Since late September, Los Angeles students in grades 7 through 12 have been composing corridos - some traditional, some not - as part of a contest seeking “The Corrido of L.A.," a song written in the traditional Mexican narrative ballad style that best captures the essence of the city. The contest was a joint project between the Los Angeles County Museum of Art and the University of Southern California, held to commemorate the centennial of the Mexican Revolution.
The entries are in, and celebrity judges Ozomatli are scheduled to perform the winning songs at LACMA tomorrow. A story on the contest yesterday by KPCC's Alex Cohen featured two videos, including the above entry titled "Dreaming of a City" by 8th-grader Lyla Matar.
She also interviewed Ozomatli's bassist Wil-dog Abers along with Josh Kun, director of The Popular Music Project at USC Annenberg's The Norman Lear Center. Ozomatli will be performing "The Corrido of LA" in a free concert from 2 to 4 p.m. Saturday in LACMA's Bing Theater.
Photo by Leslie Berestein Rojas/KPCC
A homemade poster on the wall of the UCLA Downtown Labor Center, where student activists gathered last week to call legislators before the House vote on the Dream Act, December 8, 2010
With a Senate vote on the Dream Act now in the works for tomorrow morning, there is no shortage of reading material pertaining to the bill, which would grant conditional legal status to undocumented youths who either attend college or join the military, provided they arrived here before age 16 and meet other strict criteria.
A recent version of the Development, Relief and Education for Alien Minors (DREAM) Act was approved by the House last week, and a procedural vote on that version is anticipated tomorrow morning in the Senate.
In spite of unprecedented student activism and popular support (a recent Gallup poll showed a narrow majority of respondents in approval), its chances of success in the Senate are slim: As of yet, there is insufficient Republican support for the 60 votes needed to avoid a filibuster. The Senate is also expected to vote tomorrow on the repeal of the "Don't Ask, Don't Tell" ban on gays serving openly in the military.
Senate DREAM Act Vote Set for Saturday - ColorLines Saturday morning votes are in the works for the Dream Act and a repeal of the "Don't Ask, Don't Tell" ban on gays serving opening in the military.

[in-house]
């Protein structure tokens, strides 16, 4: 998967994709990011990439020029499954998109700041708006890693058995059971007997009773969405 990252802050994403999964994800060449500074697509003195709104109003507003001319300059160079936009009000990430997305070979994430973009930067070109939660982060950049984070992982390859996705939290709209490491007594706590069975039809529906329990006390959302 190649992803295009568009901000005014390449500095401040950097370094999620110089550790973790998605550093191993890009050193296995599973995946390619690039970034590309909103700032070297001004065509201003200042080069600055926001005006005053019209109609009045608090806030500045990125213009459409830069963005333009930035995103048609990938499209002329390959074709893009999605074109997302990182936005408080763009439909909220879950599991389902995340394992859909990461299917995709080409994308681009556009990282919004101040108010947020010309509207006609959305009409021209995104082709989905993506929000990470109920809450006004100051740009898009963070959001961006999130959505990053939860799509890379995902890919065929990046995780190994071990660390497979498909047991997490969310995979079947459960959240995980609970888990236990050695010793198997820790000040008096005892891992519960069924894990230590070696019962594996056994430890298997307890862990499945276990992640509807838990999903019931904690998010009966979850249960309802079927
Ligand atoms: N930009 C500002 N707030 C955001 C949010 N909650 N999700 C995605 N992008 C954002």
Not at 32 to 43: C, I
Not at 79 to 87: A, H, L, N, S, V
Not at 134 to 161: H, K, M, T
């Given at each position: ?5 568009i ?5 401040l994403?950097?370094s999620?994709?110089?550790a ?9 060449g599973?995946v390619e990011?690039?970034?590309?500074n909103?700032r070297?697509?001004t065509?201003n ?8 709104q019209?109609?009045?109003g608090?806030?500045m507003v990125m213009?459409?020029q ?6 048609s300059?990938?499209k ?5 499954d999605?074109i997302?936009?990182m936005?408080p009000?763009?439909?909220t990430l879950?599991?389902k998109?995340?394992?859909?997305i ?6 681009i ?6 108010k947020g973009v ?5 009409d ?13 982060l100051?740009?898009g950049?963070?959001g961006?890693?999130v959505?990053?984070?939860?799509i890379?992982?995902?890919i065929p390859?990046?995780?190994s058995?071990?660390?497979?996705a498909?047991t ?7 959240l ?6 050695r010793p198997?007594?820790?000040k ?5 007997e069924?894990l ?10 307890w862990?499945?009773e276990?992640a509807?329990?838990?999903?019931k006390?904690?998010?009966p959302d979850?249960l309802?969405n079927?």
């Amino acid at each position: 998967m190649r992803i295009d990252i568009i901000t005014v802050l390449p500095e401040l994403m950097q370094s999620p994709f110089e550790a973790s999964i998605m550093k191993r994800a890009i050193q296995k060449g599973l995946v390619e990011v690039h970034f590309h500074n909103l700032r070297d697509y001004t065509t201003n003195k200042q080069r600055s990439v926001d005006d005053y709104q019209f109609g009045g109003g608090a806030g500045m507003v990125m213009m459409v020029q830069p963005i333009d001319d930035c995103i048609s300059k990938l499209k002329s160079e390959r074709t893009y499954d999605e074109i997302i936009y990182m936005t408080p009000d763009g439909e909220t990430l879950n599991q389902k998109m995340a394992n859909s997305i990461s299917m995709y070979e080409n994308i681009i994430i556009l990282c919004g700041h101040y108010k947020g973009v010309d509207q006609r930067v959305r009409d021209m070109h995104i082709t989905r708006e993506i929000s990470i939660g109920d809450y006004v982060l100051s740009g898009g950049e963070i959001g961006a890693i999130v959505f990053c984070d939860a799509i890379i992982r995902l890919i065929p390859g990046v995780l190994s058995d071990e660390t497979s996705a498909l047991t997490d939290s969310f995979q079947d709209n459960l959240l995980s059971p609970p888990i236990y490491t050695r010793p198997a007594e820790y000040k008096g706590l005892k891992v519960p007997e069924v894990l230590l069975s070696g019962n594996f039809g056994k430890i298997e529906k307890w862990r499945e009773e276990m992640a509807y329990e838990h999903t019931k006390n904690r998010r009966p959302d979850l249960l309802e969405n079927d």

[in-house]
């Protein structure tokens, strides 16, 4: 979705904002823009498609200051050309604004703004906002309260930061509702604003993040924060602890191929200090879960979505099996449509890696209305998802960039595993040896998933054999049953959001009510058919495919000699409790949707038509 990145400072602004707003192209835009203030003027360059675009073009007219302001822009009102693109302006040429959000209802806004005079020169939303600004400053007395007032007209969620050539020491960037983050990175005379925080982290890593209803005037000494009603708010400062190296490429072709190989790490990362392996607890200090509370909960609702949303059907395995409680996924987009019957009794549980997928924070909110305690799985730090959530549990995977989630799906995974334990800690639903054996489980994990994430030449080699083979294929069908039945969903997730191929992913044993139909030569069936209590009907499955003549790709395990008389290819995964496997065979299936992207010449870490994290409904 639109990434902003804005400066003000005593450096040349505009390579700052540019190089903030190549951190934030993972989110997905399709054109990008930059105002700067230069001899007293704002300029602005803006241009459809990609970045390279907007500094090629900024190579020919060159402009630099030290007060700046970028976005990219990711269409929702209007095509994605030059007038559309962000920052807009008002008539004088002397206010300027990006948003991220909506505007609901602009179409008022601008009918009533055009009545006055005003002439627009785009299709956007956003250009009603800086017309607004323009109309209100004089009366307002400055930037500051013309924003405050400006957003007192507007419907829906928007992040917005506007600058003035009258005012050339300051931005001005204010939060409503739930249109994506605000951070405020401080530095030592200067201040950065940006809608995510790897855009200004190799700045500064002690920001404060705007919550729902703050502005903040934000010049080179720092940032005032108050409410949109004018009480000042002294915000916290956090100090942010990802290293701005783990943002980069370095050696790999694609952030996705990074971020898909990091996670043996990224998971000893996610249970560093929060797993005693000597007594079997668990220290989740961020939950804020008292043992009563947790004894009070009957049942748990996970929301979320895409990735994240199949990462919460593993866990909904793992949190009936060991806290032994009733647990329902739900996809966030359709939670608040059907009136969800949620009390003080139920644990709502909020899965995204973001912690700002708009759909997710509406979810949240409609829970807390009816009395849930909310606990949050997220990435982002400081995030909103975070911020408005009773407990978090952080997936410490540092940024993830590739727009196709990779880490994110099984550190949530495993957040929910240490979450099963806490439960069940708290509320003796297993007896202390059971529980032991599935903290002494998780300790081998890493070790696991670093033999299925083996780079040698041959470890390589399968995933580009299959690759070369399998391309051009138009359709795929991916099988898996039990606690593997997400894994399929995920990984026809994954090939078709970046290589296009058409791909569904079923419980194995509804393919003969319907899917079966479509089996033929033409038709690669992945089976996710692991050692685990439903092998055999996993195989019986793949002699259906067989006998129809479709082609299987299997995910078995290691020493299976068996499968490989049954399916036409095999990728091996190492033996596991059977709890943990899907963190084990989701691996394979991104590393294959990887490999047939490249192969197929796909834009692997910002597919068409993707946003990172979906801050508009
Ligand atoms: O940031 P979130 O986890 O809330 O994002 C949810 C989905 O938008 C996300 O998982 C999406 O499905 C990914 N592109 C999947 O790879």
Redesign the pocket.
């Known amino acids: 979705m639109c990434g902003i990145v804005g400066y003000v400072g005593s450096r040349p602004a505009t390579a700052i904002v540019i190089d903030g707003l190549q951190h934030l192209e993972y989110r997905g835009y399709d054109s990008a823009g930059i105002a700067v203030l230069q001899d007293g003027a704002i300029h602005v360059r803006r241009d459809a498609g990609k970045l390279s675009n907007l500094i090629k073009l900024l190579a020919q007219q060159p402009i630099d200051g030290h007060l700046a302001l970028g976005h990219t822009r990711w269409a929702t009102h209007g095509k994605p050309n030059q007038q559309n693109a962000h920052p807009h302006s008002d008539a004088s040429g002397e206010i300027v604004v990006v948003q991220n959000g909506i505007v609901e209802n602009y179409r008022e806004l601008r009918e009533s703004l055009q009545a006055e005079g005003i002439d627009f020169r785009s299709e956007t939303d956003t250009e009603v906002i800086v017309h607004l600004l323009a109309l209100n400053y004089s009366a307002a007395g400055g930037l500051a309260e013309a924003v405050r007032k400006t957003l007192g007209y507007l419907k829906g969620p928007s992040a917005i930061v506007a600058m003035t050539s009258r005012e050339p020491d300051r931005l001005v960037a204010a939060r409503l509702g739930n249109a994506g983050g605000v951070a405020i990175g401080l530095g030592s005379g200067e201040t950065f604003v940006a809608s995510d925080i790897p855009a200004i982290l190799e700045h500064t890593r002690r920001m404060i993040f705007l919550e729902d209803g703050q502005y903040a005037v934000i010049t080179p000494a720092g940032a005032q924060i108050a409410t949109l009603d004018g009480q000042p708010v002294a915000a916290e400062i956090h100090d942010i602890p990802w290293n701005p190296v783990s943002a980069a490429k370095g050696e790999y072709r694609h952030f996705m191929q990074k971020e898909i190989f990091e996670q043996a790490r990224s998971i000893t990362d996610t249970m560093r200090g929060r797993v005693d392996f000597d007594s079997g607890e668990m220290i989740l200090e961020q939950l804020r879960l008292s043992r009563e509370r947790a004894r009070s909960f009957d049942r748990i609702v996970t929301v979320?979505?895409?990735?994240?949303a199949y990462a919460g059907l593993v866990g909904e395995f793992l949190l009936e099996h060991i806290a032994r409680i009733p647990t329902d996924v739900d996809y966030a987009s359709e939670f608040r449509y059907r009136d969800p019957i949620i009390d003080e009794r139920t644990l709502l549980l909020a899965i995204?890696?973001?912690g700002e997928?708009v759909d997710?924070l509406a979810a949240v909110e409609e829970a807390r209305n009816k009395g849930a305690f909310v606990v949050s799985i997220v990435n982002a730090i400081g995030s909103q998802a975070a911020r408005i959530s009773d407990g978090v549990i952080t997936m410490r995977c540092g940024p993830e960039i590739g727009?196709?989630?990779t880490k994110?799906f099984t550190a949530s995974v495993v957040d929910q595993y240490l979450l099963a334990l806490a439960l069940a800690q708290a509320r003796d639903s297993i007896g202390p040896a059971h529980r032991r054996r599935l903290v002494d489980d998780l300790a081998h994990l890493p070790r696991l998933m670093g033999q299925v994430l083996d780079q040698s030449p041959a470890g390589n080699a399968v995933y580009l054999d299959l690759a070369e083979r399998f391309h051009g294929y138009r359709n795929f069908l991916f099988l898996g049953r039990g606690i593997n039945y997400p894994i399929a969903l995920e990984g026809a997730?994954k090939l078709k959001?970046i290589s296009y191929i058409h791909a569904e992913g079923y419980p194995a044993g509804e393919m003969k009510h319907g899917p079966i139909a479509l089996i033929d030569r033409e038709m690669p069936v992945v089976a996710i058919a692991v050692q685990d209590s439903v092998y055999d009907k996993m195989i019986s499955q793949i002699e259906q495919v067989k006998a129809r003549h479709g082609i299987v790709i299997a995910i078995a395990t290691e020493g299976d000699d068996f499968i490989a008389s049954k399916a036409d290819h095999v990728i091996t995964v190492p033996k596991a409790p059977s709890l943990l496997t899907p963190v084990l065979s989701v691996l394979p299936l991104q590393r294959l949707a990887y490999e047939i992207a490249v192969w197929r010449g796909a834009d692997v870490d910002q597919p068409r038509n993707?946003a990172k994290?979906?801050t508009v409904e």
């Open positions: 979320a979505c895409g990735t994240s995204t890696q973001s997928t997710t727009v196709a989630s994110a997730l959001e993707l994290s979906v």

CA immigrant detainee medical care suit settled - The Washington Post Immigration officials have agreed to expand medical care at a U.S. Immigration and Customs Enforcement (ICE) contract detention center in San Diego, the subject of a 2007 lawsuit that claimed inadequate medical treatment for immigrants held there while facing deportation.
Immigration Officials Can Be Sued, Judge Says - Fox News Latino A federal judge has ruled that ICE officials are not immune from lawsuits brought against them on constitutional grounds.
Adios 2010: Alt.Latino Salutes The Albums Of The Year - NPR The weekly program and blog's list of favorites for the year, including releases from Puerto Rico, Mexico, Argentina and the Dominican Republic.
Photo by Leslie Berestein Rojas/KPCC
A student's bold statement, December 8, 2010
Talking Points Memo is reporting that Senate Majority Leader Harry Reid will file cloture tonight on two key measures for Senate Democrats, the repeal of the "Don't Ask, Don't Tell" ban on gays serving openly in the military, and the Dream Act. From the update:
On the Senate floor just now, Majority Leader Harry Reid announced the Senate will vote as soon as Saturday on a bill repealing Don't Ask, Don't Tell. That puts it ahead of the START treaty, as proponents of repeal had requested.
Reid is also filing cloture on the DREAM Act. That means both bills should come up for a procedural vote on Saturday. The vote on the DREAM Act will come first, followed by the vote on DADT.
The cloture vote to break the filibuster on the DREAM Act is expected to fail. Next will come a cloture vote on DADT. If Reid has 60 votes for cloture vote on DADT, the vote on the actual bill will likely come Sunday.
"We've got to move this all along," Reid said from the floor.
Photo by elotroxxx/Flickr (Creative Commons)
Un "indeciso chico en Burger King," as the photographer refers to him on Flickr, June 2007. Chico, that Double Whopper has 900 calories - don't do it.
This is not a great news day for Latino men, health-wise. First, a new Yale School of Medicine-led study has found that while young Latinos in the U.S. have generally better health than non-Latino white men, they are more likely to be murdered or die in a car accident. Not good to hear.
If that's not enough, new report in the Journal of Health and Social Behavior says that among immigrants from Mexico, men are the most likely to suffer declining health after adapting to U.S. culture (which includes a less-healthy U.S. diet) than their female counterparts.
From a story in Futurity.org, which curates research news from universities:
“Men who have recently migrated from Mexico tend to report better health than women,” says Bridget Gorman, associate professor of sociology at Rice University and lead author of the study. “This could be in part because men are more likely than women to migrate to the U.S. in search of employment—often in physically demanding jobs—and at younger ages.”
...While men tend to start out healthier than women, their health declines at a faster pace as they adapt to the U.S. culture.
“In particular, the risk of diabetes increases at a strong rate for Mexican-American men, even after we account for a variety of factors that might explain this relationship, such as smoking or income,” Gorman says. “Yet, among women, diabetes status appears mostly unrelated to their acculturation level.”